- Cameron Dearlove laments the fact that Canada is failing to recognize and replicate other countries' successes in using the social determinants of health to shape public policy:
Today we know that social and financial inequities — particularly the experience of poverty — has a greater impact on our health than our healthcare system, genetics, even lifestyle choices. For a society facing spiking healthcare costs, the social determinants of health (things like housing, food security, social inclusion, early childhood development, employment, and working conditions) arguably present the greatest public policy opportunity since the creation of our social safety net, after the Second World War. While Canada is at the forefront of research in the social determinants of health, we are laggards in turning this research into healthy public policy — while Finnish babies benefit from sleeping in their care-filled boxes, Canadian children rest outside the box.- Meanwhile, Donald Hirsch writes about the changing - and sadly spreading - shape of child poverty in the UK. And Barbara Howard offers a moment of perspective on how the disasters which some people can easily brush off cause far more problems for the working poor.
If the social determinants of health hold such promise, what are we doing locally, provincially, and nationally to apply these ideas? How do we rewrite conventional wisdom so that governments, institutions and communities are using the powerful social determinants framework to encourage longer, healthier, happier lives?
- Paul Krugman notes that the Republicans' tax policy continues to reflect little more than bare class warfare by other names in cutting taxes on the rich while raising them for everybody else.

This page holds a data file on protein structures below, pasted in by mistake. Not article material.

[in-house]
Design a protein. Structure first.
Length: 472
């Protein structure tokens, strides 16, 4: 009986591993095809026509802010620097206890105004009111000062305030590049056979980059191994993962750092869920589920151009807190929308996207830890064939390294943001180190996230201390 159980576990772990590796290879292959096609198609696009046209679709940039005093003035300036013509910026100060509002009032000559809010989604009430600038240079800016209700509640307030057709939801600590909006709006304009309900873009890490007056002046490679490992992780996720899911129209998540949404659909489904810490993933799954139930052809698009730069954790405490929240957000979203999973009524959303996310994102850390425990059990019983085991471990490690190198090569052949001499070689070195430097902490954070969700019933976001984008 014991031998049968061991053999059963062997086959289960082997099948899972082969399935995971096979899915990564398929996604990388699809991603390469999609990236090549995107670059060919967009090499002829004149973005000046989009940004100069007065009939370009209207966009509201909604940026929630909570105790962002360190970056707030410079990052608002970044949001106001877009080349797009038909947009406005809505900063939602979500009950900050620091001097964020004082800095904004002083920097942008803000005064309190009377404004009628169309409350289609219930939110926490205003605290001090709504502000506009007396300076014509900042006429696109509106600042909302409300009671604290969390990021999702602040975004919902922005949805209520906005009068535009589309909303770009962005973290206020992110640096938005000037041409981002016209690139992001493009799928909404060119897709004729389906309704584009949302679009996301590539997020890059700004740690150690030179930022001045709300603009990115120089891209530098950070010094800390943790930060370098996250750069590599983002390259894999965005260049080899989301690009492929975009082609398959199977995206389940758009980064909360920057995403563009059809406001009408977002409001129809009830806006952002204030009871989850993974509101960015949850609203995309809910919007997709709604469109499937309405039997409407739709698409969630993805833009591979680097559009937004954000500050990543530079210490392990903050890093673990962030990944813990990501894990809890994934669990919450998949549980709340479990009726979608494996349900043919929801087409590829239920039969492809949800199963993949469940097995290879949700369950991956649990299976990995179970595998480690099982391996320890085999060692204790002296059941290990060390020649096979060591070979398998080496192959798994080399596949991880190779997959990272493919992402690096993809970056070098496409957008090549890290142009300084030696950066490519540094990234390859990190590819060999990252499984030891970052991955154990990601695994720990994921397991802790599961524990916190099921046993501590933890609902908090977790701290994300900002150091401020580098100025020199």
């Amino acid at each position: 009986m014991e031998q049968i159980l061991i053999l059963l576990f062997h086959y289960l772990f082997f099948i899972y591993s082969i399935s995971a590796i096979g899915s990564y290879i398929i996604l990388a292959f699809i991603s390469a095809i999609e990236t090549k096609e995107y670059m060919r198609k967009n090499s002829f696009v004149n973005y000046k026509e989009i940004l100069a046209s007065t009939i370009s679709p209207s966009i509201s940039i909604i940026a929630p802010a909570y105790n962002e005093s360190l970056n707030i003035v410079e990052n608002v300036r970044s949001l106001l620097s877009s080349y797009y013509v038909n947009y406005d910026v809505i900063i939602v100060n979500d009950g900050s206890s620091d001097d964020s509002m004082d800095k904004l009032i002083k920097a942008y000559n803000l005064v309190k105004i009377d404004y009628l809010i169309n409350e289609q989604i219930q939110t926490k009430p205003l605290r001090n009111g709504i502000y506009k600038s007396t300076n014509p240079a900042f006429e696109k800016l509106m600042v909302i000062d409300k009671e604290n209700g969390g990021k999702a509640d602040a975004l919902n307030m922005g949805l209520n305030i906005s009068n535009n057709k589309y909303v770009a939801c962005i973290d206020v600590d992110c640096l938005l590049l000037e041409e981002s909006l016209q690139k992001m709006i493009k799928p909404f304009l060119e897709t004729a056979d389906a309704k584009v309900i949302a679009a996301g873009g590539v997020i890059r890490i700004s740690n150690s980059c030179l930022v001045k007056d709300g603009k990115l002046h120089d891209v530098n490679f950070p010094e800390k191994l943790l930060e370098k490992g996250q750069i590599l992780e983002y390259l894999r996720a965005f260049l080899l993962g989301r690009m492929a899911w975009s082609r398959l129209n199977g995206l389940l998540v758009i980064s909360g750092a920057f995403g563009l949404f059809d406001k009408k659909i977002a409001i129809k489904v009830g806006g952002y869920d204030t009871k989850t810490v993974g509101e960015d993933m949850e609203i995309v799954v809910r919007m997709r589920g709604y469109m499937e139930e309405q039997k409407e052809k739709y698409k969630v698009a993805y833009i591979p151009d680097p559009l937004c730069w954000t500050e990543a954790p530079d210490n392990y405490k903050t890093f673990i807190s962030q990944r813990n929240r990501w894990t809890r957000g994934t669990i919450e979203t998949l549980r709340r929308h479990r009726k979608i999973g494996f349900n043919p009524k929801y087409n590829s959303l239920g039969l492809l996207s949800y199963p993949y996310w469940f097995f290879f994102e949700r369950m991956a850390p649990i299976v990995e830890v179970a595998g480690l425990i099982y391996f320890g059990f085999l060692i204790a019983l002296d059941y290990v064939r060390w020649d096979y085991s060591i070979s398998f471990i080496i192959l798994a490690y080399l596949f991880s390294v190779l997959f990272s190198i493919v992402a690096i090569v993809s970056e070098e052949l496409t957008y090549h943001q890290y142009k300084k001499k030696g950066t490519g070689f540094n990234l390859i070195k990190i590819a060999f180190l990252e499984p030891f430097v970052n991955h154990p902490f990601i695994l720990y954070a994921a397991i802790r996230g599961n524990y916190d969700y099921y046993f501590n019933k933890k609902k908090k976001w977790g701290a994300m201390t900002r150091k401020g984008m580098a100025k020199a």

- Heather Mallick traces the demise of Sun News to its constant bullying, while Christopher Waddell sees it as having been based largely on a failed attempt to game Canada's broadcasting system.
As an aside, others are asking how it is that a network seemingly set up to further the Cons' interests didn't actually get enough preferential treatment to survive despite its lack of merit. But I'll note that the government isn't the only force which could have kept the network afloat - and given the massive amount of money put into corporate communications, it's telling also that Canada's plutocrats didn't have any interest in footing the bill for a media outlet which seemed to fit their political interests.
- Finally, Craig Forcese and Kent Roach offer a detailed look at the contents of the Cons' terror bill. Thomas Walkom - who deserves plenty of blame as the media originator of the theory that no opposition party would oppose C-51 - is finally beginning to recognize that the NDP is in fact standing up for civil rights against the Cons' fearmongering. Stephen Maher talks to a former CSIS officer and finds even more reason for concern with what the Cons are trying to pull. And Don Lenihan writes that he sees the Cons primarily as having made Canadian politics more authoritarian rather than more conservative - though I'm not sure it's an either-or proposition.